EPS 201 CLIMATE 1 - EPS 201 Lecture Notes 10 March 2009...

Info iconThis preview shows pages 1–3. Sign up to view the full content.

View Full Document Right Arrow Icon

Info iconThis preview has intentionally blurred sections. Sign up to view the full version.

View Full DocumentRight Arrow Icon
This is the end of the preview. Sign up to access the rest of the document.

Unformatted text preview: EPS 201 Lecture Notes 10 March 2009 Climate Atmosphere Composition and Structure Insolation Budget Unequal Heat Distribution Atmosphere Circulation In this next couple of weeks were going to be talking about the circulation of the atmosphere. We are going to look at how the atmosphere circulates today and how that drives weather patterns. What geologic evidence do we use to say that the climate is different from the past. Just to start us off, if I were to say that this is the range of climate that the earth has seen we are in an era that appears to be slightly cooler than mid-range overall. What is the composition of our atmosphere today. Dominant gas in atmosphere 78% Nitrogen, 20% Oxygen, Argon < 1%, CO 2 << 1%, and H 2 O, and CH 4 . However, if we were to assume the Pre-Cambrian atmosphere, there was a lot of nitrogen, carbon dioxide, water, hydrogen sulfide, and silicon dioxide. The gases in the early atmosphere are results of mantle expulsions by means of volcanic activity. When we talk about the heat that is generated from the sun, we can talk about the incoming solar radiation. This is referred to by the word , meaning the heat that the atmosphere has received. About a third of the incoming insolation is reflected back to space. OF that that comes in, half is absorbed by the surface or by the clouds. (About two-thirds is absorbed, one-third reflected). That portion of incoming short-wave radiation that is absorbed by the earth, and the earth absorbs it, and radiates it out into long-wave heat wavelengths. Most of insolation the heat that is re-radiated from the earth stays in the system (bouncing off the clouds and earth and so forth) There are four main reasons why it is warmer on the low latitudes and cooler on the high latitudes. 1) Unequal Distribution of Energy of Insolation: The angle of insolation is increased at low latitudes near the equator over that received at high latitudes. This translates into a greater area of coverage by the same amount of energy at higher latitudes. 2) Angle of Insolation translates into a Thickness of Atmosphere: At high angles of insolation (low latitudes) there is a thinner layer of atmosphere than at lower angles of insolation (high latitudes). Since the atmosphere absorbs some of the solar radiation, this results in a greater absorption of solar radiation by the atmosphere at higher latitudes. 3) Angle of Incoming Radiation Has an Effect on Reflection: At higher angles, less of the incoming radiation is reflected back into space, at lower angles of insolation, more of the incoming radiation is reflected back out into space. 4) Albedo = Percentage of Reflectivity: Ice and snow reflect back about 60-90% of the insolation. Bare land reflects back 30-50% of the insolation, vegetated land reflects back 5 -20%. Water absorbs much of the insolation, reflecting back 5 10% of the insolation. Lower latitudes have a high amount of water and vegetated land, where much of the insolation is absorbed. Higher latitudes have greater amounts of bare land and ice, where insolation is likely to be reflected.likely to be reflected....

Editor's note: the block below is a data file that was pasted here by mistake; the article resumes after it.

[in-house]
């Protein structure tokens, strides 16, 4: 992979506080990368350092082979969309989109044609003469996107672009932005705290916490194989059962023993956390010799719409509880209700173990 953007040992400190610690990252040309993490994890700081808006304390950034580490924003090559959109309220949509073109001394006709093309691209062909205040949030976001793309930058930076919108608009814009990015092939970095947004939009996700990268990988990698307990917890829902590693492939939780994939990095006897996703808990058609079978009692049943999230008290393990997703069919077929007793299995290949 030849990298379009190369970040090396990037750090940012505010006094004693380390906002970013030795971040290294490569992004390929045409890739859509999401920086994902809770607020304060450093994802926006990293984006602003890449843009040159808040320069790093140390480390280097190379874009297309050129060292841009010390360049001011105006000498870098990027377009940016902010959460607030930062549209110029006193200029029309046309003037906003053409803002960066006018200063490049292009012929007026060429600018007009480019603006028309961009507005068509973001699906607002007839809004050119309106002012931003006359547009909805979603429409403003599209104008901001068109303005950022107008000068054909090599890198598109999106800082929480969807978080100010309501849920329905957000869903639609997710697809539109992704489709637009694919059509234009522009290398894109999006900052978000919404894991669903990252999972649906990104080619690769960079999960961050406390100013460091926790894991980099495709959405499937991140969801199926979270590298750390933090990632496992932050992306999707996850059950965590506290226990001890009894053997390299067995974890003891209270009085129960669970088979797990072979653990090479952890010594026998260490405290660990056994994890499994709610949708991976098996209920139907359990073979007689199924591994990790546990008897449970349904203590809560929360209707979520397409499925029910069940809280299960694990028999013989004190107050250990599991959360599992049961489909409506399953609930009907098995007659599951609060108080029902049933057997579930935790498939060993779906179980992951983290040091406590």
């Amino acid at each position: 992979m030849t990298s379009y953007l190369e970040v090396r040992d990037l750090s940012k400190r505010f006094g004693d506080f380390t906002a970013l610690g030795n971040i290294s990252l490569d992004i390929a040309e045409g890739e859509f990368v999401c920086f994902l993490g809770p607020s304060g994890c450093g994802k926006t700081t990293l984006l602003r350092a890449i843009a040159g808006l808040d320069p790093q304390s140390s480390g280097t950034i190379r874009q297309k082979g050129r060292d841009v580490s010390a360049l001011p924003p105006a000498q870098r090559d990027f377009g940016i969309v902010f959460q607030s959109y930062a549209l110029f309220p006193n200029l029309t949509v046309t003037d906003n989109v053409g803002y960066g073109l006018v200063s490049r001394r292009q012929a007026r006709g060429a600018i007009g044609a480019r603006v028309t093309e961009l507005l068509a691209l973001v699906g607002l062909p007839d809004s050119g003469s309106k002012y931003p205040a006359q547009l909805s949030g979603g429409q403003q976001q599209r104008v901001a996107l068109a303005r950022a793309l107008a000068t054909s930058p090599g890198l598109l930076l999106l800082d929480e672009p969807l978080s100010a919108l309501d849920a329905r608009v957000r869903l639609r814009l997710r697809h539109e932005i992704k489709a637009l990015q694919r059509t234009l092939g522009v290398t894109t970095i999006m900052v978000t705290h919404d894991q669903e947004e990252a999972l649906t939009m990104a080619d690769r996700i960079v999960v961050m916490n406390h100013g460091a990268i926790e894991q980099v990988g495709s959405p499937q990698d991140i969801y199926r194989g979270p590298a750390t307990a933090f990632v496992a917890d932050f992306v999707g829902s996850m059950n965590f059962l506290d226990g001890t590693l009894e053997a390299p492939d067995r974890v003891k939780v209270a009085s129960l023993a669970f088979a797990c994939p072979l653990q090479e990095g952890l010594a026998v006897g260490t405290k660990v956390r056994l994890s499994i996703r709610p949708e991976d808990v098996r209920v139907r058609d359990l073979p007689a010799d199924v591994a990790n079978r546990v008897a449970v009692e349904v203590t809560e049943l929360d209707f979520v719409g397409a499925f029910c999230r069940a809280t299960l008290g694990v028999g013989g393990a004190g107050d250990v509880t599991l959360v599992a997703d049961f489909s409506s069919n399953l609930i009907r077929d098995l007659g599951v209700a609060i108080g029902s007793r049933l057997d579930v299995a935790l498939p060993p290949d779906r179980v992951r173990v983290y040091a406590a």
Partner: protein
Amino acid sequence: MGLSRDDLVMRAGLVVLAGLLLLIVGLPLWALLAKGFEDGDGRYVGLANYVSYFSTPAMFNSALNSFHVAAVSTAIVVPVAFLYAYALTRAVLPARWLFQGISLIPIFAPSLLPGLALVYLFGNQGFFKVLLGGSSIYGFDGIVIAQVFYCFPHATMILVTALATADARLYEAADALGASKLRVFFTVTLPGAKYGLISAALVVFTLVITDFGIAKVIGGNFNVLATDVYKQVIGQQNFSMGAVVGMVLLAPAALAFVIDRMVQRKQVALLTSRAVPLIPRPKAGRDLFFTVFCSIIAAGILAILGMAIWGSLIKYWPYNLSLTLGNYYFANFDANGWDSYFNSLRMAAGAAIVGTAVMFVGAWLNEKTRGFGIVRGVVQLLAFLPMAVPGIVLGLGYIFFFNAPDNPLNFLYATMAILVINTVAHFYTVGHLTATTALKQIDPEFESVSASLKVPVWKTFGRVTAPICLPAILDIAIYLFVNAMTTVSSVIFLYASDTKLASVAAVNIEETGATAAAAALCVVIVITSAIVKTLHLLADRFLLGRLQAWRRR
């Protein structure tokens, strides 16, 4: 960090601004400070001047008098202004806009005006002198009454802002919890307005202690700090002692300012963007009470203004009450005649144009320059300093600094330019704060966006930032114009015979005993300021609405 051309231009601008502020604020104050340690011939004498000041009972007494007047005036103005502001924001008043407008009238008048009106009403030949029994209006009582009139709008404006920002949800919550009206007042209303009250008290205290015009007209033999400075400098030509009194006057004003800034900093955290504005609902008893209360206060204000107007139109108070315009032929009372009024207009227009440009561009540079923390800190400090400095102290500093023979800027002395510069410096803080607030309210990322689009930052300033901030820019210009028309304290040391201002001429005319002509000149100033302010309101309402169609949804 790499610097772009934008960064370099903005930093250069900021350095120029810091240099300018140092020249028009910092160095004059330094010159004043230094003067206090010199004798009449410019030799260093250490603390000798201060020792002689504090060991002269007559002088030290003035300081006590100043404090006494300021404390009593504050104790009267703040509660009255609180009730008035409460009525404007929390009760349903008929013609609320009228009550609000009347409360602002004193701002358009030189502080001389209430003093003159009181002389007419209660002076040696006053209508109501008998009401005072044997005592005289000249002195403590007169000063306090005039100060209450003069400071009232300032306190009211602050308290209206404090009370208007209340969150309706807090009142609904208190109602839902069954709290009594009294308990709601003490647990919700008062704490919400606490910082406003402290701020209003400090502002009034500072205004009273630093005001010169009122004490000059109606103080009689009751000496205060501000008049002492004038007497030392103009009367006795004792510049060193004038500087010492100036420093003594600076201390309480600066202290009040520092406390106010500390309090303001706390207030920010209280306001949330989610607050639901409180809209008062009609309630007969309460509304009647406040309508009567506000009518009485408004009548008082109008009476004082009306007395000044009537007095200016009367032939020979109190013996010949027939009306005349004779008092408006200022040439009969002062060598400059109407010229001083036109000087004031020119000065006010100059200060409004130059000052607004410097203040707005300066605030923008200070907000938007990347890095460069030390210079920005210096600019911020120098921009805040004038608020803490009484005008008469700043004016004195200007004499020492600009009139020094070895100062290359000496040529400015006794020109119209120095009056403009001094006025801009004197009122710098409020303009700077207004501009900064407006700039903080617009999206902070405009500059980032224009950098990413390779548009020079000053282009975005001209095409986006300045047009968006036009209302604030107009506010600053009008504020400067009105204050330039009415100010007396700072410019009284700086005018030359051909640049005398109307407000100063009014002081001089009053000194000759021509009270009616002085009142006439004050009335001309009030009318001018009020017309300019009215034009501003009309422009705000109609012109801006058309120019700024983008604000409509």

View Full Document

This note was uploaded on 02/02/2011 for the course EPS 201 taught by Professor Mayaelrick during the Spring '09 term at New Mexico.

Page1 / 12

EPS 201 CLIMATE 1 - EPS 201 Lecture Notes 10 March 2009...

This preview shows document pages 1 - 3. Sign up to view the full document.

View Full Document Right Arrow Icon
Ask a homework question - tutors are online